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Imagine going to the hospital in a country where your first language is not the common tongue. You may be feeling sick, or you’re injured in some way, and you have no way to explain to the nurses and physicians what exactly is wrong with you. This can cause problems, sometimes actually making matters worse than they already are. This is where the “language lines” come in, a term typically used for telephone interpretation services. Unfortunately, asking for a language line in the emergency room isn’t always a simple process. Depending on the hospital you go to, requesting a language line may be met with a long wait before being handed a phone where you’ll then have to likely wait longer in order to get connected to an operator. With how diverse countries such as The United States and Canada are, it shouldn’t be as difficult as it tends to be to get an appropriate translator.

Dedication to interpretation services varies depending on what country you’re in. Victoria in Australia, for example, has guidelines that help identify when language services should be offered to clients. These guidelines are based on legislative requirement as well as best practice service delivery. With Victoria being one of the most culturally diverse and fastest-growing areas in Australia, these guidelines can help bridge language gaps that tend to appear. Of course, not every area of the world is like that. Parts of Canada, such as Alberta and British Columbia, use a single, centrally coordinated telephone interpretation system but the remaining areas in Canada have no coordinated services and must rely on individual organizations and health authorities to provide proper translation services. 

Many instances of success exist when it comes to addressing language needs in hospitals. A report by the Wellesley Institute was able to identify several hospitals in the Greater Toronto Area of Canada that all had a few things in common. The hospitals all had a centralized language service program, primary languages were asked when appointments were booked as well as if they needed an interpretation service, and staff are trained on how to access and use interpretation services efficiently. Unfortunately, establishing programs as in-depth as these can prove difficult due to having to generate buy-in among front-line staff members. When guidance from federal or provincial establishments is lacking, it’s up to hospital officials to create these programs. This isn’t always easy though, as staff often need to demonstrate how these services are useful as well as figure out appropriate training opportunities for staff on how to properly make use of the service.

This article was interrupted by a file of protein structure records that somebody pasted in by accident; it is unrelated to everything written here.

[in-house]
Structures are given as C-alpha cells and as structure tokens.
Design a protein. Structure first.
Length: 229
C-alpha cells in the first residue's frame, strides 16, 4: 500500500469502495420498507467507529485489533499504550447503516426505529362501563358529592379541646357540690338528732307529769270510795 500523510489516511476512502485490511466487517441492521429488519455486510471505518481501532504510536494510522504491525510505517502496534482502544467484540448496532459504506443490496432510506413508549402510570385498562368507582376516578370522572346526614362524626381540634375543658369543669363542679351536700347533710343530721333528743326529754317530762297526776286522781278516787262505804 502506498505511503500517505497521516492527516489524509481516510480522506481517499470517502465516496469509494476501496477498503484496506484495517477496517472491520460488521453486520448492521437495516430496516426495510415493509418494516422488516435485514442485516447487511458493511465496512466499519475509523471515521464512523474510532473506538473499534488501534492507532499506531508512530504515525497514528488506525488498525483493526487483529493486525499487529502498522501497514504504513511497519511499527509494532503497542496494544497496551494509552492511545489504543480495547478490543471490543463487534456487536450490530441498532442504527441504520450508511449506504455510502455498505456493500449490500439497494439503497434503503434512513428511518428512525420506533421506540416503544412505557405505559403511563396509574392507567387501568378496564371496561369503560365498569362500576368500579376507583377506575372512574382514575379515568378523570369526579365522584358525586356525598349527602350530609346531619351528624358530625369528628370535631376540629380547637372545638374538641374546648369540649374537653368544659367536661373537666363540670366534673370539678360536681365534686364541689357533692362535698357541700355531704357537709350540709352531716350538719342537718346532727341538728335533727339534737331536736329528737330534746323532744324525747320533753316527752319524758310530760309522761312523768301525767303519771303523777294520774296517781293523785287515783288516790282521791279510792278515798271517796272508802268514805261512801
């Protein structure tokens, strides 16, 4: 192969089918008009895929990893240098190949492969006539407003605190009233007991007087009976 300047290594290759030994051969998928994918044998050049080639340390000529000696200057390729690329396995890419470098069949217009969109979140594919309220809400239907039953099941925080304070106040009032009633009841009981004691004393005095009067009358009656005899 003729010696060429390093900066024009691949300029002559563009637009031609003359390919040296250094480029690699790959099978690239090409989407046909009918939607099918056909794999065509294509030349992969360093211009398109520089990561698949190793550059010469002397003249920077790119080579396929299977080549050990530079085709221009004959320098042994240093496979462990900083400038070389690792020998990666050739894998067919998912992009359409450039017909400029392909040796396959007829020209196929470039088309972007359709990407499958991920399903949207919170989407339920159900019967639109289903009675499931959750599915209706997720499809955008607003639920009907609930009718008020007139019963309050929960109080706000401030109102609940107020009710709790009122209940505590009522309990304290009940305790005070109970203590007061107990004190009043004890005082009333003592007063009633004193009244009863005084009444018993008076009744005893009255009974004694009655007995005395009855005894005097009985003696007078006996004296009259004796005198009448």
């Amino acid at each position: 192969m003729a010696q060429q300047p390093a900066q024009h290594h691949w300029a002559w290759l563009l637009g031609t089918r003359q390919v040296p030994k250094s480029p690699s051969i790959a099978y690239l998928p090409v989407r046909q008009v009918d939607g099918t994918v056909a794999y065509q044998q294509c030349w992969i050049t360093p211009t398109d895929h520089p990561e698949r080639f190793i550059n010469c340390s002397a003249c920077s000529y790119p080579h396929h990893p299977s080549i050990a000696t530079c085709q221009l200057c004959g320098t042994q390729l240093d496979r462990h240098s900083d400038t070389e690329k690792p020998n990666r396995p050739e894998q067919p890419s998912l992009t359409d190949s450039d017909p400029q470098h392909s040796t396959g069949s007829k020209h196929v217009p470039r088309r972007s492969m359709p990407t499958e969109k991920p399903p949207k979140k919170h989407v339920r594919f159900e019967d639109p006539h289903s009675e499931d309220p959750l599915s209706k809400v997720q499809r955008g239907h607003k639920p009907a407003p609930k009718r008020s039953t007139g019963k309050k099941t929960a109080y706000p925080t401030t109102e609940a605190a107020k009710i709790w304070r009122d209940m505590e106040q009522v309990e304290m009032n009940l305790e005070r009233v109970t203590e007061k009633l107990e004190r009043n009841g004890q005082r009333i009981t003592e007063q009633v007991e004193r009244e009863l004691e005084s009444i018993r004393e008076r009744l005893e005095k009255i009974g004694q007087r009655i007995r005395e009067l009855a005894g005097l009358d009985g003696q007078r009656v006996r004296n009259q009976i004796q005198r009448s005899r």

One of the biggest challenges in using interpretation services, specifically in the emergency department, is that staff commonly fear that using one will reduce efficiency as well as increase the length of the encounter. Unfortunately, not much evidence currently exists stating that language lines in the ED extend the total time of an encounter, or if using them would affect how tests were ordered as well as emergency department flow. While efficiency in the emergency department is an issue, using interpretation services can greatly increase diagnostic accuracy, decrease clinically significant medical errors, provide higher rates of pain control, and decrease re-admission/admission rates, all being important metrics in the ED. One study did find that when telephone interpretation was used, appointment times increased by 28%, but is that 28% worth the potential reduction in readmission rates, or the ability to provide an accurate diagnosis?

Ultimately, language barriers in healthcare and emergency medicine, in particular, need to improve. Many other facets of life, such as not speaking the native language when you’re arrested, warrant receiving a translator, so why doesn’t healthcare?